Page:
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I would like to sample from an infinite discrete distribution, i.e. Poisson distribution \begin{align} \Bbb P(X=k)=e^{-\lambda}\frac{\lambda^k}{k!} \end{align} where $\lambda$ is a fixed parameter.

In case of a finite distribution I could use ALIAS method, but it doesn't work in this case. I've found that I could use a transformation \begin{align} X=\min\{ k: U \leq \sum\limits_{i=1}^n p_i \} \end{align} but is that the way to go?

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    $\begingroup$ With arbitrary accuracy, which you may select, you can use the alias method. Just truncate the distribution at, say, its $1-10^{-16}$ quantile. Another approach is to sample from a mixture of a more severely truncated version of the distribution and the remaining tail (recursively). The recursion has probability $1$ of terminating (and will terminate rapidly). $\endgroup$
    – whuber
    Nov 9, 2021 at 15:16

2 Answers 2

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There is a quite surprising way to sample from the Poisson distribution with any $\lambda$ parameter. The basis for this is the following algorithm to sample a Poisson variate with $\lambda = 1$, which involves only integer arithmetic and no floating-point operations (Duchon and Duvignau, "Preserving the number of cycles of length k in a growing uniform permutation", Electronic Journal of Combinatorics 23(4), 2016):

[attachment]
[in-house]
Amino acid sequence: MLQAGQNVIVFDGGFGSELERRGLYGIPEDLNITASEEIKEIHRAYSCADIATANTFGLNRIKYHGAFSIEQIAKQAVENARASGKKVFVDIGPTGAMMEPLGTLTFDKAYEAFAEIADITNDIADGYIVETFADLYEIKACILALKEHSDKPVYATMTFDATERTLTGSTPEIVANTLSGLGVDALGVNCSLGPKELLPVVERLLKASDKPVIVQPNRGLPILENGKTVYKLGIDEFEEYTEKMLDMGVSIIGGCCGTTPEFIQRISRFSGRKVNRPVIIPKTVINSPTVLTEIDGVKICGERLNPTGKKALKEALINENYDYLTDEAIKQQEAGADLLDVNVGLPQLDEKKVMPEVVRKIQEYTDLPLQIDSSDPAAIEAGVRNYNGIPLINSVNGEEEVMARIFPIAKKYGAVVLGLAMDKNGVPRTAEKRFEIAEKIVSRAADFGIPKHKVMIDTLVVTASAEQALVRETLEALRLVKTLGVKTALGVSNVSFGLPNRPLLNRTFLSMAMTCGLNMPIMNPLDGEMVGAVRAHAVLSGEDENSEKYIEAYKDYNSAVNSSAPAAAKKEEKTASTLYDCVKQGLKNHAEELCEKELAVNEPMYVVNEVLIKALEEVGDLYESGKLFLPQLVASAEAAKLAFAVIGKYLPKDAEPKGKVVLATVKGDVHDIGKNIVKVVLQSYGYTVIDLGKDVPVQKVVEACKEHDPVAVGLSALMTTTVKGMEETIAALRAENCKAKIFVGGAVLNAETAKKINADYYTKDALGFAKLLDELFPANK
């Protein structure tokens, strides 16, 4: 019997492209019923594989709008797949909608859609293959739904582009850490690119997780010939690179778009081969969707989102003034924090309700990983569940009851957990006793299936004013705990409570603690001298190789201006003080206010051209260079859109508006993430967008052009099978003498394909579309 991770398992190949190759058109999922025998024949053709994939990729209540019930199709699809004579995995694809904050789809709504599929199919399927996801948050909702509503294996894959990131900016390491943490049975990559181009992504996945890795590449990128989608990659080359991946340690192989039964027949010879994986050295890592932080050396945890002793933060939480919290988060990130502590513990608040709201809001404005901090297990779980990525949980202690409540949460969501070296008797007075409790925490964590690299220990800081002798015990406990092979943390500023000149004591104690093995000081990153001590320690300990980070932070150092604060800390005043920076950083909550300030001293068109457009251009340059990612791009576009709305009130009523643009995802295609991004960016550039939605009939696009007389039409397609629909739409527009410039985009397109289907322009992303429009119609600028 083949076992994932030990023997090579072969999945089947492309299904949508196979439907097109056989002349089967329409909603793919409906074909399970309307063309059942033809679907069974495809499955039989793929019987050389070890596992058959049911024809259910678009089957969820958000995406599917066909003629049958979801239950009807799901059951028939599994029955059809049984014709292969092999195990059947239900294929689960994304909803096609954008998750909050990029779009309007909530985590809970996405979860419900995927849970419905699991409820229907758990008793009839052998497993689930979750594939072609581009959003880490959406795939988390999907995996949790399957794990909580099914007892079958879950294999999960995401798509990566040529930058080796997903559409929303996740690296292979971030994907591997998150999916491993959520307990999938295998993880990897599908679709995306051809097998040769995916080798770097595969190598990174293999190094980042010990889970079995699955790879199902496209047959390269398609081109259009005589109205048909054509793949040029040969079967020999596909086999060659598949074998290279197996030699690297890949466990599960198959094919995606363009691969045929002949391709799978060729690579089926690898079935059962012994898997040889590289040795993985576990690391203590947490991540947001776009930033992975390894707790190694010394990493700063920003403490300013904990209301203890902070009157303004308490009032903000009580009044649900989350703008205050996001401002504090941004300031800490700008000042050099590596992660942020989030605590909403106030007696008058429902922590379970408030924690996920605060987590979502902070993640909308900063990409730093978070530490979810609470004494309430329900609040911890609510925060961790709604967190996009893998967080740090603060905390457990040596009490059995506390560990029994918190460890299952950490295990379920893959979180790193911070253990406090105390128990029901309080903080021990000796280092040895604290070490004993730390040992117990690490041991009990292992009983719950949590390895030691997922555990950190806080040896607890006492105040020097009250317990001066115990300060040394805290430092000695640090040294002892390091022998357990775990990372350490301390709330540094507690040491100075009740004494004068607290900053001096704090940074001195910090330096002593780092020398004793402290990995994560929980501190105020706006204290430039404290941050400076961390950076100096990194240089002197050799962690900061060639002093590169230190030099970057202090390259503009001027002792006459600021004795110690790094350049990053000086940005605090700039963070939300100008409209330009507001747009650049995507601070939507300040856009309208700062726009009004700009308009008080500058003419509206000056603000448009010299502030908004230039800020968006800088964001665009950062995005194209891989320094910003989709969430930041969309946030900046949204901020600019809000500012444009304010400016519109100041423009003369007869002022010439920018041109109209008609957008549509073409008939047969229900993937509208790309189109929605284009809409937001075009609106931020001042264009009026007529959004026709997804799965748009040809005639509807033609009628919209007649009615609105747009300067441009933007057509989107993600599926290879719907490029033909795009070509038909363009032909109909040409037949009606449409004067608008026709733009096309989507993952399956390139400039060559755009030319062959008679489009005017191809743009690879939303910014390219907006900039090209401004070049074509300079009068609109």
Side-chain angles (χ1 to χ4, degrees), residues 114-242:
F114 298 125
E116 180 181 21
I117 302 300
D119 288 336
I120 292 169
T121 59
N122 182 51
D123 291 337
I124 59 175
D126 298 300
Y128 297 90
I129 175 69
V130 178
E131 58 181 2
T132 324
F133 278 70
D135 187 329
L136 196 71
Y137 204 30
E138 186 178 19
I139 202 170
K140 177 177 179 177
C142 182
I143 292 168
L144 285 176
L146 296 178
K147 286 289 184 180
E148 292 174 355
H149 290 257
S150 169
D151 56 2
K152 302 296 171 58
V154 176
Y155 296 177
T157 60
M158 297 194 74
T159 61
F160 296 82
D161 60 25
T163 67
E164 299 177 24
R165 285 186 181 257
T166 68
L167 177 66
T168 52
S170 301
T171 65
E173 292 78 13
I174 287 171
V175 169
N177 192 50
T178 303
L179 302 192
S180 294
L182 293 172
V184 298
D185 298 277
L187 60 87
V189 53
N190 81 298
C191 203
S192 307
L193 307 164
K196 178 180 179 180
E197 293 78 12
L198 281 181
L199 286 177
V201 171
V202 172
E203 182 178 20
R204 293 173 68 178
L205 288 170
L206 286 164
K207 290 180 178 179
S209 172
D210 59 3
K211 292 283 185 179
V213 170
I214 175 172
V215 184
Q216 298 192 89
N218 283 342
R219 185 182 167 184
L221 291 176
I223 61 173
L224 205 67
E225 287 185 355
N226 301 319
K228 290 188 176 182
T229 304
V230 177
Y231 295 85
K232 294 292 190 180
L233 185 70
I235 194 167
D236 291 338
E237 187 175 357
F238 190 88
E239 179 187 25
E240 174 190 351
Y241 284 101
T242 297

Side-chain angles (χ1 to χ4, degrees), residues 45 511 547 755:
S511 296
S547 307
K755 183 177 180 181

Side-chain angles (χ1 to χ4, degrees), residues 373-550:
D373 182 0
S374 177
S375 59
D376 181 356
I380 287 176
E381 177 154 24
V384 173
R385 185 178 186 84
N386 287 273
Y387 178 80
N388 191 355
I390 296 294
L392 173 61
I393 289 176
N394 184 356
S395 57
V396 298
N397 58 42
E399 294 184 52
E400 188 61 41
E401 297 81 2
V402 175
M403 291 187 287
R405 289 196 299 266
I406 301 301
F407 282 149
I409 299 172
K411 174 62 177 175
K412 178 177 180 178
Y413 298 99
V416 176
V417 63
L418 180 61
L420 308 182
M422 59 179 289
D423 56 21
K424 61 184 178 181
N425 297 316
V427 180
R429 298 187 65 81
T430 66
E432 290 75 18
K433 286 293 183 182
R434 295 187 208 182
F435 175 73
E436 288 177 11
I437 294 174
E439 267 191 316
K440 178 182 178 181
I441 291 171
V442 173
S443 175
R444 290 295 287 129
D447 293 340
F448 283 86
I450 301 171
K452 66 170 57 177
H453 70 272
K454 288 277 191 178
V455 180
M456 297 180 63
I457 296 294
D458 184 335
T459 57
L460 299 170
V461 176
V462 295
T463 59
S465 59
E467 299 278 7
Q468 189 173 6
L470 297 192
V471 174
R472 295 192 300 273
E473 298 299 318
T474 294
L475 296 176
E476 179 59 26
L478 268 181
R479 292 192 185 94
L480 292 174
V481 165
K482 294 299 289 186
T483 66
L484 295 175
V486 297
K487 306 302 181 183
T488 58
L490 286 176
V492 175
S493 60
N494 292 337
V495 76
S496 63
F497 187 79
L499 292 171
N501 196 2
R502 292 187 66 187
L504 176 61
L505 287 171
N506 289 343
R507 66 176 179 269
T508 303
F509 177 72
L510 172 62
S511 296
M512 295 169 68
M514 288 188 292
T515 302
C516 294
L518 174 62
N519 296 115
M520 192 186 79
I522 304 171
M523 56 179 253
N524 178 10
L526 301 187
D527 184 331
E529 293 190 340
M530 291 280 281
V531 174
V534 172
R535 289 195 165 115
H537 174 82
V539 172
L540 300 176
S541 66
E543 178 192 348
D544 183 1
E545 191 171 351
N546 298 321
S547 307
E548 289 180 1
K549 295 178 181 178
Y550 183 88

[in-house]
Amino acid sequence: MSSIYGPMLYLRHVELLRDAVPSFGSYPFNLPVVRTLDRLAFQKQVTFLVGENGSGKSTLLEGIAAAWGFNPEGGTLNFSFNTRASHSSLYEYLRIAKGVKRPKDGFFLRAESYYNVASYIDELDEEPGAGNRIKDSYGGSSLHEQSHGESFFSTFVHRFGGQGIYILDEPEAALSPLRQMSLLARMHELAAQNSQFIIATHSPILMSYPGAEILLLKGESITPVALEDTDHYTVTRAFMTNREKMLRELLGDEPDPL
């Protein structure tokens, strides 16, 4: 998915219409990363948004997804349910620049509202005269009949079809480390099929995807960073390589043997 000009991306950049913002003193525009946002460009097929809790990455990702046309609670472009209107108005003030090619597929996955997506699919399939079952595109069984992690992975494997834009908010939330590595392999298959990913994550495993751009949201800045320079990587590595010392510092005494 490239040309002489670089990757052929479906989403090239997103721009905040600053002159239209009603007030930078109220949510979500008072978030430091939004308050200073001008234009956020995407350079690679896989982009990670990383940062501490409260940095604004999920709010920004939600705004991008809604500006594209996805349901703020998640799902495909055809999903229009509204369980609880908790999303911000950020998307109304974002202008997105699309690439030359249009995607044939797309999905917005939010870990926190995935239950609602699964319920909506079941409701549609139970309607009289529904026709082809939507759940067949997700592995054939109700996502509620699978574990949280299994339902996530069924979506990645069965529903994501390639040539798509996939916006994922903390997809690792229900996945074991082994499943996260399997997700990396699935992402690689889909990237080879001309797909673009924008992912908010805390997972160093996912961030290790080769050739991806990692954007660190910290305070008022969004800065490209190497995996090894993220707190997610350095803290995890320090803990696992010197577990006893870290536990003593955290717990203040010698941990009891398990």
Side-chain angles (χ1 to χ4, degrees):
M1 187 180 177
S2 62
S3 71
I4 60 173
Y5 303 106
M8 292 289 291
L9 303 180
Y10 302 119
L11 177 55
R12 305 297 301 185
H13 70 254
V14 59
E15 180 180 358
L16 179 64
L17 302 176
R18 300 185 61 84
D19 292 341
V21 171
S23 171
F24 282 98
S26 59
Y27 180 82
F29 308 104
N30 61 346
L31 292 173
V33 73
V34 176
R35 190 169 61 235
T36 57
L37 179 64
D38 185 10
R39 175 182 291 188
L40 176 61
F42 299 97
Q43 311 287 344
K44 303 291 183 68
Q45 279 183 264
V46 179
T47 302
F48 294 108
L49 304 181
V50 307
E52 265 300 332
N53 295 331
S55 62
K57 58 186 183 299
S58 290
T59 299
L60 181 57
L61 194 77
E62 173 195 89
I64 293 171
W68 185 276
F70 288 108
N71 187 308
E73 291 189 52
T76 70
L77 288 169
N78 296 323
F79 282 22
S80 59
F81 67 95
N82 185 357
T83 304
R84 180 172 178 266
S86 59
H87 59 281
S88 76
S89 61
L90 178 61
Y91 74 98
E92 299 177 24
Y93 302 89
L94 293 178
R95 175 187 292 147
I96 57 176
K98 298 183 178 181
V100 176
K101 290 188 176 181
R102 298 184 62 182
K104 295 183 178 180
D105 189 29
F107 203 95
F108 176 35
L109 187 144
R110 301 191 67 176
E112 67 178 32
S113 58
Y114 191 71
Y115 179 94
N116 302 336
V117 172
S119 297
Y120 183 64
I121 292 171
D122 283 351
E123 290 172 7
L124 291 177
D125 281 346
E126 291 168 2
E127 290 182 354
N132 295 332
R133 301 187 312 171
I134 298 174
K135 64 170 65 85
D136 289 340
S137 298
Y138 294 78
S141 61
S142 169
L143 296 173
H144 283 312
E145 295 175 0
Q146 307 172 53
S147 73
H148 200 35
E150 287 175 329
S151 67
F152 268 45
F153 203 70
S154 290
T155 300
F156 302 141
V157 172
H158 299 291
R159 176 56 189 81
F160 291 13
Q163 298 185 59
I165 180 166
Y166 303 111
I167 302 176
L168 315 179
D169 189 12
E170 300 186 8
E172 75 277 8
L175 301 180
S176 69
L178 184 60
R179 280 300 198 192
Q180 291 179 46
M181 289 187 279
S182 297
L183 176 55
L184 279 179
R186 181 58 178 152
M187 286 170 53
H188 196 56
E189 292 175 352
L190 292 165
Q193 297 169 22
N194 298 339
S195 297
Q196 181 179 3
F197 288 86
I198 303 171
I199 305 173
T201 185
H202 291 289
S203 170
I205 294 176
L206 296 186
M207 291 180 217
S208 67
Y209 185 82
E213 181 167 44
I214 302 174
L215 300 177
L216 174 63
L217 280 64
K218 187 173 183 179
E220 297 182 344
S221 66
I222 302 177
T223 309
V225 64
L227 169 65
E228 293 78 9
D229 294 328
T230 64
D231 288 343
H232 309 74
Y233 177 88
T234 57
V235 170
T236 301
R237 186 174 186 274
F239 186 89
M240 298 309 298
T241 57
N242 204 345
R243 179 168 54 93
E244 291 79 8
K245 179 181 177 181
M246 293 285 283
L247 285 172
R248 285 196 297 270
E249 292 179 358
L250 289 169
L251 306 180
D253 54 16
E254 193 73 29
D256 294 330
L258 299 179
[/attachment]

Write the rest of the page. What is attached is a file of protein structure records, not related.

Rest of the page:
1. Set ret to 1, a to 1, and b to 0.
  2. Generate $j$, a uniform random integer in [0, a].
  3. If $j<a$ and $j<b$, return ret.
  4. If $j=a$, add 1 to ret. Otherwise, subtract 1 from ret and set b to $1+a$.
  5. Add 1 to a and go to step 1.

Poisson variates with other $\lambda$ parameters follow by splitting $\lambda$ into pieces of size no greater than 1. Then, for each piece, a Poisson variate with $\lambda$ equal to that piece is generated. Then all these variates are added together.

Finally, let $\mu < 1$, then to generate a Poisson variate with parameter $\mu$, it's enough to:

  1. Generate $N$, a Poisson variate with parameter 1.
  2. Flip $N$ coins that each show heads with probability $\mu$, then count the number of heads.
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Yes, exactly. This is known as inverse transform sampling, and this earlier thread may be helpful.

Actually, you have a typo in your formula (note that there is only a single $k$ and a single $n$ in your formula). What you would do is to generate a value $p$ that is uniformly distributed in $[0,1]$, and then the resulting Poisson variable $k$ is the smallest $k$ such that $\sum_{i=0}^kp_i\geq p$. You would of course pre-tabulate your $p_i$ up to some sufficiently large number, so you don't need to recalculate them multiple times.

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